The opinion of the court was delivered by: Sand, J.
In this patent infringement action, Plaintiff Duramed Pharmaceuticals, Inc. (now Teva Women's Health, Inc.) ("Duramed") brings a motion for partial summary judgment, and Defendant Paddock Laboratories, Inc. ("Paddock") brings a motion for summary judgment of non-infringement. Duramed holds a patent that it contends covers its product Cenestin, a conjugated estrogen tablet used in hormone replacement therapy. Duramed contends that Paddock infringed its patent when Paddock sought to manufacture and market a generic version of Cenestin. In order to succeed on its patent infringement claim, Duramed must prove that the "moisture barrier coating" ("MBC") in Paddock's tablet is equivalent to Cenestin's MBC. Paddock counters that Duramed's actions in prosecuting its patent before the Patent and Trademark Office ("PTO") estop Duramed from asserting equivalency.
The Court finds that the doctrine of prosecution history estoppel bars Duramed from relying on the doctrine of equivalents to prove infringement, thereby defeating Duramed's patent infringement claim. Accordingly, Duramed's motion is denied, and Paddock's motion is granted in part.
The products in question in this case are conjugated estrogen pills used in hormone replacement therapy to treat menopause symptoms. In the early 1990s, the FDA withdrew its approval for generic versions of Wyeth Pharmaceutical's patented conjugated estrogen product Premarin due to concerns that overly rapid dissolution of the pills could be harmful. (Duramed 56.1 ¶ 24.) In response, Duramed's inventors sought to create a pill with a suitable dissolution profile to compete with Premarin. They did so by designing a pill that controlled the release rate of the estrogen, prevented the estrogen from disintegrating through contact with excess water during storage, and limited stress on the pill's moisture barrier coating to prevent cracking. (Duramed 56.1 ¶¶ 10-19.)
On July 25, 1996, Duramed applied for a patent on its invention. The patent application included one independent claim, claim 1, and 27 additional dependent claims. In the independent claim, Duramed originally claimed a tablet using any type of moisture barrier coating. (Paddock Ex. 36, '638 file history, DPI_CENESTIN0074850) (claiming "[a] pharmaceutical composition . . . wherein said solid unit dosage form is coated with a moisture barrier coating."). Dependent claim 7 of the original patent application also specifically claimed "[a] pharmaceutical composition of claim 1 wherein said moisture barrier coating comprises ethylcellulose." (Paddock Ex. 36, '638 file history, DPI_CENESTIN0074851.) Duramed then withdrew certain claims, and the patent examiner then rejected all remaining claims, including claim 1 and claim 7, as obvious in light of U.S. Patent No. 5,547,948 ("Barcomb"). (Paddock Ex. 36, '638 file history, DPI_CENESTIN0074895-96.) The examiner explained that "Barcomb teaches . . . tablets having at least one coating . . . . Such coatings would read on the instantly claimed ethyl cellulose as a moisture barrier." (Paddock Ex. 36, '638 file history, DPI_CENESTIN0074895-96.)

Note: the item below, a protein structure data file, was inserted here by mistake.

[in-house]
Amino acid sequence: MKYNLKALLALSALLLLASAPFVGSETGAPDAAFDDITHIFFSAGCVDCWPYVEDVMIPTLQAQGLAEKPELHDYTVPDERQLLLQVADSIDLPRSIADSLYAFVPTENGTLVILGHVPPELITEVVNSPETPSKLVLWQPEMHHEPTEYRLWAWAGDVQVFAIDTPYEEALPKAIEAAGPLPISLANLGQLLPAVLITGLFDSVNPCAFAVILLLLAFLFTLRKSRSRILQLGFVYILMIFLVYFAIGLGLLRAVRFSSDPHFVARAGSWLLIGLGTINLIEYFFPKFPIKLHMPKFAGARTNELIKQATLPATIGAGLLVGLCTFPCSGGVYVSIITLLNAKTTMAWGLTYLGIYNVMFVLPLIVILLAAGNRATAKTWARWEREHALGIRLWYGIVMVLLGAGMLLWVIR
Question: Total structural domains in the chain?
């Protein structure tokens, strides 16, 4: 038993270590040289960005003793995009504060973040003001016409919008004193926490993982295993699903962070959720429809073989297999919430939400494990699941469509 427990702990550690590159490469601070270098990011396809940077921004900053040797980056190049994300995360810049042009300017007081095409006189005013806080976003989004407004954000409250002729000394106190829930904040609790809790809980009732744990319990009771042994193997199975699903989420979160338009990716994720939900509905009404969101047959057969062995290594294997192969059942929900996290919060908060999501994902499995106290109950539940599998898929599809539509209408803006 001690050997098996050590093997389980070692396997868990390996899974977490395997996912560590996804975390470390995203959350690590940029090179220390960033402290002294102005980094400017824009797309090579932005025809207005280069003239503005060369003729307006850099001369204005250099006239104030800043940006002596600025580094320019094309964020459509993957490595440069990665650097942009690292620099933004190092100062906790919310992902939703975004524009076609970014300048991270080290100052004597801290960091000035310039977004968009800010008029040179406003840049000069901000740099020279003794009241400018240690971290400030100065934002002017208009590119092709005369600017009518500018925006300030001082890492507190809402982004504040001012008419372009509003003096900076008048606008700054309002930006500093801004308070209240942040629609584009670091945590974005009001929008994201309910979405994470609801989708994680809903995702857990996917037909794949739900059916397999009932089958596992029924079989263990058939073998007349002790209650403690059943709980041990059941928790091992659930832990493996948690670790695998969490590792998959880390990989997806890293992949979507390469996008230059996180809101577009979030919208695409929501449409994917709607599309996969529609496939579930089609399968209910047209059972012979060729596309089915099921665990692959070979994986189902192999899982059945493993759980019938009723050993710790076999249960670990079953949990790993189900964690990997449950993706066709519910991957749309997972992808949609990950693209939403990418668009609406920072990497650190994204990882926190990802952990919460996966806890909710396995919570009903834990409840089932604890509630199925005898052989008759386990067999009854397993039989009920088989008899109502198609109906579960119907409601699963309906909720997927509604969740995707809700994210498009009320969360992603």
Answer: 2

On November 30, 1998, the patent examiner conducted an in-person interview with Duramed, and suggested three amendments that would enable it to overcome the prior art and secure the patent. The interview summary stated that the "examiner suggests amending claim 1 to require the tablet to be substantially free of 'inorganic excipients' (which lead to cracking of coat) and insert limitations of claims 7 and 9 into claim 1. These limitations overcome art and render claims allowable." (Paddock Ex. 36, '638 file history, DPI_CENESTIN0074900.) The examiner's suggestion was thus that Duramed insert three further limitations into its overly broad independent claim to make the claim more specific: (1) the pill must be substantially free of inorganic excipients; (2) the pill must have a "moisture barrier coating compris[ing] ethylcellulose" (from dependent claim 7); and (3) the pill must comprise "about 30-70% gel-forming organic excipient and about 30-70% non-gel forming organic excipient by weight (from dependent claim 9). (Paddock Ex. 36, '638 file history, DPI_CENESTIN0074851, 900.)